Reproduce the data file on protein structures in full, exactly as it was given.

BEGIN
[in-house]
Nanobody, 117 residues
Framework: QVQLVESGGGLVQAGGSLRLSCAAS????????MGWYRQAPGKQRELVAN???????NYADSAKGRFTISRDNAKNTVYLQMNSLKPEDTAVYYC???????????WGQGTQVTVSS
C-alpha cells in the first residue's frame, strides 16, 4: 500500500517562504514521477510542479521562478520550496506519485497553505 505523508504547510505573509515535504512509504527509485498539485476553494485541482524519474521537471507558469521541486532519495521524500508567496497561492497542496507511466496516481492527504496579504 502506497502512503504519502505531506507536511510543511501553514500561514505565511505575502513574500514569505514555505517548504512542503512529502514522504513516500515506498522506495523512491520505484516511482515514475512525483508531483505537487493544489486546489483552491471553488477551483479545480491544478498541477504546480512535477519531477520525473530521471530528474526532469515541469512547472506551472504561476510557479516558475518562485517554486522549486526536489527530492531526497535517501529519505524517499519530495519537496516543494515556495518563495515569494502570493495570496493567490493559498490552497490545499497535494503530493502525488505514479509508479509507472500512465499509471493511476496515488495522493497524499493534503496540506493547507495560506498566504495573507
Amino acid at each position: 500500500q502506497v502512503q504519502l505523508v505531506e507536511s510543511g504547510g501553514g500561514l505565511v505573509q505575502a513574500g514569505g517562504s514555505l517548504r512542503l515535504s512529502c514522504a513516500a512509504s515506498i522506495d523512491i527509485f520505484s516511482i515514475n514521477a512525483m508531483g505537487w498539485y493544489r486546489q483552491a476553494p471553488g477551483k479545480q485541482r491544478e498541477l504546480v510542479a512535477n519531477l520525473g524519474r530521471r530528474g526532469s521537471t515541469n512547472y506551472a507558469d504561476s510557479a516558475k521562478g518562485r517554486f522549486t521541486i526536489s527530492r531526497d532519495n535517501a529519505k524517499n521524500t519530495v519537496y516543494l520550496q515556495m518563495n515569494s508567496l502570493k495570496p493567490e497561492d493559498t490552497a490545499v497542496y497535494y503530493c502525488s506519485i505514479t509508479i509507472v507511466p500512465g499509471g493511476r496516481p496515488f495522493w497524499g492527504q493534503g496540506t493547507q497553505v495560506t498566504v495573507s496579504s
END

[in-house]
Nanobody, 117 residues
Framework: QVQLVESGGGLVQAGGSLRLSCAAS????????MGWYRQAPGKQRELVAN???????NYADSAKGRFTISRDNAKNTVYLQMNSLKPEDTAVYYC???????????WGQGTQVTVSS
C-alpha cells in the first residue's frame, strides 16, 4: 500500500517562504514521477510542479521562478520550496506519485497553505 505523508504547510505573509515535504512509504527509485498539485476553494485541482524519474521537471507558469521541486532519495521524500508567496497561492497542496507511466496516481492527504496579504 502506497502512503504519502505531506507536511510543511501553514500561514505565511505575502513574500514569505514555505517548504512542503512529502514522504513516500515506498522506495523512491520505484516511482515514475512525483508531483505537487493544489486546489483552491471553488477551483479545480491544478498541477504546480512535477519531477520525473530521471530528474526532469515541469512547472506551472504561476510557479516558475518562485517554486522549486526536489527530492531526497535517501529519505524517499519530495519537496516543494515556495518563495515569494502570493495570496493567490493559498490552497490545499497535494503530493502525488505514479509508479509507472500512465499509471493511476496515488495522493497524499493534503496540506493547507495560506498566504495573507
Amino acid at each position: 500500500q502506497v502512503q504519502l505523508v505531506e507536511s510543511g504547510g501553514g500561514l505565511v505573509q505575502a513574500g514569505g517562504s514555505l517548504r512542503l515535504s512529502c514522504a513516500a512509504s515506498i522506495d523512491i527509485f520505484s516511482i515514475n514521477a512525483m508531483g505537487w498539485y493544489r486546489q483552491a476553494p471553488g477551483k479545480q485541482r491544478e498541477l504546480v510542479a512535477n519531477l520525473g524519474r530521471r530528474g526532469s521537471t515541469n512547472y506551472a507558469d504561476s510557479a516558475k521562478g518562485r517554486f522549486t521541486i526536489s527530492r531526497d532519495n535517501a529519505k524517499n521524500t519530495v519537496y516543494l520550496q515556495m518563495n515569494s508567496l502570493k495570496p493567490e497561492d493559498t490552497a490545499v497542496y497535494y503530493c502525488s506519485i505514479t509508479i509507472v507511466p500512465g499509471g493511476r496516481p496515488f495522493w497524499g492527504q493534503g496540506t493547507q497553505v495560506t498566504v495573507s496579504s